SAN FRANCISCO, CA – Viz Communications, Inc. proudly
announces the May release of Phoenix: A Tale of the Future, by acclaimed
author Osamu Tezuka, widely known and respected for his numerous
contributions to the manga and anime industries. A 296-page, square-bound
graphic novel, Phoenix: A Tale of the Future retails for $22.95 U.S. ($37.95
After several nuclear wars, civilization has gone underground due to the
toxic atmosphere. The five cities resemble huge shopping malls, with each
city ruled by an enormous super-computer that calculates every action for
its inhabitants and rules supreme. Meet Masato, who secretly keeps a Moopie
as a companion – a forbidden extraterrestrial creature capable of assuming
any form and inducing hallucinations in those it contacts. In this highly
regimented world, the super-computer Hallelujah cannot allow for anything
outside its exacting calculations. When Hallelujah discovers Masato’s
secret and decrees that the Moopie, known as Tamami, must be destroyed,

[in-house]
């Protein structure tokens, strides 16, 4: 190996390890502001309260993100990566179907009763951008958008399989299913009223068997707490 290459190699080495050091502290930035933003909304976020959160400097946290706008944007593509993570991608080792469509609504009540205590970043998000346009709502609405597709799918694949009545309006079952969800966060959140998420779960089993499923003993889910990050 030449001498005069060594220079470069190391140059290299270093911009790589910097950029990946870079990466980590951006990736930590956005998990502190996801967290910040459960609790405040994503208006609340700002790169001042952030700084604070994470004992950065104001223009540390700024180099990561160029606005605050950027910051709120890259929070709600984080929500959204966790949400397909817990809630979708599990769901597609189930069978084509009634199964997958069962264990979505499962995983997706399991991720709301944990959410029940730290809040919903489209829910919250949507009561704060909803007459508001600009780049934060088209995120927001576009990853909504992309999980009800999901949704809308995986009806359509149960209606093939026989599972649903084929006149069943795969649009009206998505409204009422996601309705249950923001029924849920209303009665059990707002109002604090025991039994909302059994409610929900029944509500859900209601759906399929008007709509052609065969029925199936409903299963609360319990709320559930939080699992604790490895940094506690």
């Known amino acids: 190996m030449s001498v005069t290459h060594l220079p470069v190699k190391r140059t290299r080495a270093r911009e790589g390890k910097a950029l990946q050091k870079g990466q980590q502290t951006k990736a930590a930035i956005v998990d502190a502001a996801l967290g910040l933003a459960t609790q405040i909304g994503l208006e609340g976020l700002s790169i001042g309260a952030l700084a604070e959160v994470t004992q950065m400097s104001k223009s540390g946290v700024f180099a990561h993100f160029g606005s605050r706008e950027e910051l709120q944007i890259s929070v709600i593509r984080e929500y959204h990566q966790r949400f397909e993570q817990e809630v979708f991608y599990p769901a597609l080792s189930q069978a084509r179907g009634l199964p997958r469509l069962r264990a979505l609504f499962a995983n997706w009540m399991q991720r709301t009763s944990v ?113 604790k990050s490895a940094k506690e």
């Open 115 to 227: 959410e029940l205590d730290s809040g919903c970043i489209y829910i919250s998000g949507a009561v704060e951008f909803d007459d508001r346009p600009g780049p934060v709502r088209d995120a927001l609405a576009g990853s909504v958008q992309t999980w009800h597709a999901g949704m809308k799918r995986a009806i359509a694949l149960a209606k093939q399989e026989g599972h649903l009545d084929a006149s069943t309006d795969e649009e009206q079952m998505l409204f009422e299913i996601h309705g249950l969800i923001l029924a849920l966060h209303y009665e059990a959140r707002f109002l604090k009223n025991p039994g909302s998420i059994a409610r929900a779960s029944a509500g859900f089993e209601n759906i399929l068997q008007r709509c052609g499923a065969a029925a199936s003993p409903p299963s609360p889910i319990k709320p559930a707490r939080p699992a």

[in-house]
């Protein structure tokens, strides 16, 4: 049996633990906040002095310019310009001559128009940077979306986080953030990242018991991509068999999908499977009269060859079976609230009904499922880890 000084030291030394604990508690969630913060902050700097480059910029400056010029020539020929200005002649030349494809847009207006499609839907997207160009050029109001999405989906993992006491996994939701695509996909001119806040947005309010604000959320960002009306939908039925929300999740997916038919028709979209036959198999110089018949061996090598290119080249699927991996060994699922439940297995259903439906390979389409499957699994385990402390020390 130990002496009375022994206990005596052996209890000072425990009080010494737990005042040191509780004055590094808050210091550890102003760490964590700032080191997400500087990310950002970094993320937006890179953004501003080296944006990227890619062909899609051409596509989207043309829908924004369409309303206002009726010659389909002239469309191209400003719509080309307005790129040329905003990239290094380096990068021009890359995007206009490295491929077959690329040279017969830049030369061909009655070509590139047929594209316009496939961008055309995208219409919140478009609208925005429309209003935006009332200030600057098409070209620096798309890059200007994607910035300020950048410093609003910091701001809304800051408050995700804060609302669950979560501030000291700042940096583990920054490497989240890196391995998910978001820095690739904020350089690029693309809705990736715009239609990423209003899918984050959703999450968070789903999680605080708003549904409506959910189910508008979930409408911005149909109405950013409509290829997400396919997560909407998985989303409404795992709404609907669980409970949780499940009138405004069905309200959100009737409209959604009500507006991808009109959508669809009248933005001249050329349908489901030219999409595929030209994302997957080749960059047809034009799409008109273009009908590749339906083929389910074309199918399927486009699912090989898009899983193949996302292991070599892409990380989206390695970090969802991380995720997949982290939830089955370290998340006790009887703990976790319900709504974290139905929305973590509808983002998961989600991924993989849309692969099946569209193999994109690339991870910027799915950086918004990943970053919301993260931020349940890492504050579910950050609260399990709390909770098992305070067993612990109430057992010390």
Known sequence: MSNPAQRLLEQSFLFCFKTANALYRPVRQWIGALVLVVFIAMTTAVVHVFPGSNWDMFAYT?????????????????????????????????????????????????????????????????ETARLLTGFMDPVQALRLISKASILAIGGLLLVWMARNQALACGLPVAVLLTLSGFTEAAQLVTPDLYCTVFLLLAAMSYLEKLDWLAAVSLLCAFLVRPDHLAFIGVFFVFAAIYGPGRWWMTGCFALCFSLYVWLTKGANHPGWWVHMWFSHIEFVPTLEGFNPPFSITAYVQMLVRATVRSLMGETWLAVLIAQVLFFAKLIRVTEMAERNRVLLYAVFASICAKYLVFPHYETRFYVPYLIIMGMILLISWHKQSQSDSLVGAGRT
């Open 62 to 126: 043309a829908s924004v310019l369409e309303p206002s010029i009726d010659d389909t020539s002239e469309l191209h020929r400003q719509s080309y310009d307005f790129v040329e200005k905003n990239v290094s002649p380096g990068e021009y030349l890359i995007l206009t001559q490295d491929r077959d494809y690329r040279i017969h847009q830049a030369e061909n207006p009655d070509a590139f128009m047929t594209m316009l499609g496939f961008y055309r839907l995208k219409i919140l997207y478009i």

Masato chooses to defy the order and makes a daring escape with Tamami to
find a safe haven. Their escape triggers a visitation by a mythical bird
and an adventure of epic proportions.
Regarded by many as the “God of Manga” Osamu Tezuka was born in 1928 in
Toyonoka, in Osaka, Japan. A prolific author and artist, Tezuka is
generally regarded as the single figure responsible for developing Japan’s
massive manga and anime industries. His cinematic art style and novelistic
narratives have made his work as universally accessible and relevant now as
when first published in Japan. A list of his well known and universally
loved work includes the classic Jungle Emperor Leo (also known as Kimba the
White Lion), Black Jack, Adolf, Mighty Atom (which became known as Astro
Boy in the U.S.) and Metropolis (recently made into a hit anime film).
Tezuka continued creating comics until his death in 1989.
The twelve self-contained yet interlinked stories that compose Phoenix (Hi
no tori in Japanese, literally “Firebird”) is considered by many to be the
summit of Osamu Tezuka’s artistic achievement. Tezuka himself referred to
Phoenix as his “life work.” Painstakingly composed over a span of decades
(early versions appeared as early as 1954), serialized in a number of venues
and left incomplete with Tezuka’s death in 1989, Phoenix represents Tezuka’s
ambitious attempt to push all he knew about the comics medium to address
fundamental questions about existence. This edition, Phoenix: A Tale of the
Future, is an English translation of the second of the twelve Phoenix
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